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Since the appearance of the Soviet regime, the tattoo was recognized as a bourgeois hobby, was condemned and remained in the status of an attribute of the criminal world, tenaciously holding on to their own traditions. It should be noted that in the 20's, the transformation of the criminal world of the Soviet Union and the emergence of many camps, led to the fact that the criminal tattoo changed. New motives appeared artistic and anti-communist protest tattoos. Abbreviations and symbols of a new community of thieves had changed. During the recovery of criminal romance in the middle of the 20th century traditions did not undergo changes until the collapse of the Soviet Union. The emergence of new trends in the 80’s led to skepticism and sometimes outright aggressive attitude, occasionally spilling out to clarification of the relationship between subcultures and the criminals, but by the end of the 80’s, innovator tattooing trends found common points of understanding on the basis of anti-social position in relation to the semi-official organs, and further progress of artistic aspects of tattooing did not cause much protest. The last boom associated with the old traditions fell at the beginning of the 90s, when due to the amnesty a mass the criminals started covering the old motives with art tattoos. In the late 20th century due to the transformation of society and the relationship the old traditions began to fade away despite some attempts to modernize the style. Currently criminal tattoo of the USSR, which developed in isolation from the outside world, is in a status of being complete, self-sufficient, but perhaps the history of body painting is unfinished.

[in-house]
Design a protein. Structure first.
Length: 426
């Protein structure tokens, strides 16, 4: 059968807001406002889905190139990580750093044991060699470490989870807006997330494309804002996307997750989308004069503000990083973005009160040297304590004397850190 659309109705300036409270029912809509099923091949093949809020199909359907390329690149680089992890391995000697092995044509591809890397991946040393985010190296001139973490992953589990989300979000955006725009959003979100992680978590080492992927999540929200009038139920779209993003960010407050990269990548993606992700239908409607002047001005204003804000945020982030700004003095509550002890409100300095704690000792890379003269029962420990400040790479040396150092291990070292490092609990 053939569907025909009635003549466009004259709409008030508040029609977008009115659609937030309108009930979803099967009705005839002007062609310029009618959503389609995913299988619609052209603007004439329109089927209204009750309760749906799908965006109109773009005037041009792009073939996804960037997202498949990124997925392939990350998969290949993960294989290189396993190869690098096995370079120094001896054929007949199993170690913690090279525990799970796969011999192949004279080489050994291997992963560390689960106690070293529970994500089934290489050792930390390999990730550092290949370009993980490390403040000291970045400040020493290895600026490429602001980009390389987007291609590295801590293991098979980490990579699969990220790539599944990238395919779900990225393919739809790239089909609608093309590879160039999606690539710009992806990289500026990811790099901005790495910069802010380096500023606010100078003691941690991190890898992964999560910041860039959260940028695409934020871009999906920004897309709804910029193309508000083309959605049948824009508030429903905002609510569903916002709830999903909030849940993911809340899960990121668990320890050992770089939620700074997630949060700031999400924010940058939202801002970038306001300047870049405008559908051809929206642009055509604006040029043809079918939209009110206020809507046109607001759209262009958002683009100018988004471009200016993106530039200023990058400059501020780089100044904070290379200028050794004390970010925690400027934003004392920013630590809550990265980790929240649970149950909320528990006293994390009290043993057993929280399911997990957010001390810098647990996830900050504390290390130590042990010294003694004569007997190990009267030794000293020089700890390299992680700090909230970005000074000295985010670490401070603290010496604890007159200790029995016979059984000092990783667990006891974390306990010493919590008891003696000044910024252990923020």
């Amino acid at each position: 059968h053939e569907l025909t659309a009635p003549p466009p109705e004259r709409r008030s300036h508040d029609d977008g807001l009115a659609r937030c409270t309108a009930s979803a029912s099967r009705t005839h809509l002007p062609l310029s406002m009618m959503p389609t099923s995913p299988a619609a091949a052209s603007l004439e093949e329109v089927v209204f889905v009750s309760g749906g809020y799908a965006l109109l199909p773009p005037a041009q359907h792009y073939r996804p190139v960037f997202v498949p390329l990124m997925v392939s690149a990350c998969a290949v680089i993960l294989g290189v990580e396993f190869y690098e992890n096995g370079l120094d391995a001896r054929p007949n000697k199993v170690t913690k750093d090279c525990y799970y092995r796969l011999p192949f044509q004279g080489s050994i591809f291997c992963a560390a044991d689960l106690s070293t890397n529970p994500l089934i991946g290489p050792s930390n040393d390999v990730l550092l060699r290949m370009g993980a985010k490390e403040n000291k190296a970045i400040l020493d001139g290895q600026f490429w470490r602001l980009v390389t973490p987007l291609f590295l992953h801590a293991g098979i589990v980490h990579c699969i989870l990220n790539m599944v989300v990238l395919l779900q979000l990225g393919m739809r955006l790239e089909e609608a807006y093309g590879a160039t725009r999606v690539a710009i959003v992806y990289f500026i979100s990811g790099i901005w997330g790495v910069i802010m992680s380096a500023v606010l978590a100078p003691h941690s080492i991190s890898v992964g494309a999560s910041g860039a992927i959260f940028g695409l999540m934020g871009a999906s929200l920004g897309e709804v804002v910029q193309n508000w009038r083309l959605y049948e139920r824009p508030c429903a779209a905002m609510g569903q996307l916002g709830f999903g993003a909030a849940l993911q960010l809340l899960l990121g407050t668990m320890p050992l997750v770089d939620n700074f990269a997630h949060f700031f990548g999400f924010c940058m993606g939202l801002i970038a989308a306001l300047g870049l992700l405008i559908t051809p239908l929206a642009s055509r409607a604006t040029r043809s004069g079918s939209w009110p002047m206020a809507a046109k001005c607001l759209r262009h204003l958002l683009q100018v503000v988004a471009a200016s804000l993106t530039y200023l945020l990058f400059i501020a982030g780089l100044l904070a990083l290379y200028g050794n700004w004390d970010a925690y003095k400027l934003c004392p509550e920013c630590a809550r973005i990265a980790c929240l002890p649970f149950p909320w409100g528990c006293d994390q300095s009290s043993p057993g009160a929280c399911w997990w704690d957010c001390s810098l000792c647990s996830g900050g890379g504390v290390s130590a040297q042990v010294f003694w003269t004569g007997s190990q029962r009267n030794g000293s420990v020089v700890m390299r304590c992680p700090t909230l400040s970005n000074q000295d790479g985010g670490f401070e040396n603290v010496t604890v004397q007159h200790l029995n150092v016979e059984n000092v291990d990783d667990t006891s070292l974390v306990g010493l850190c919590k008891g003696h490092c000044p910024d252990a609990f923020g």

Photos: 10
criminal motive
criminal motive
criminal motive
Criminal on Komsomolskaya sqweer
hooligans motive
Kupchino 00-s
modernisation oldschool mitives
modernisation oldschool mitives
oldschool mitives
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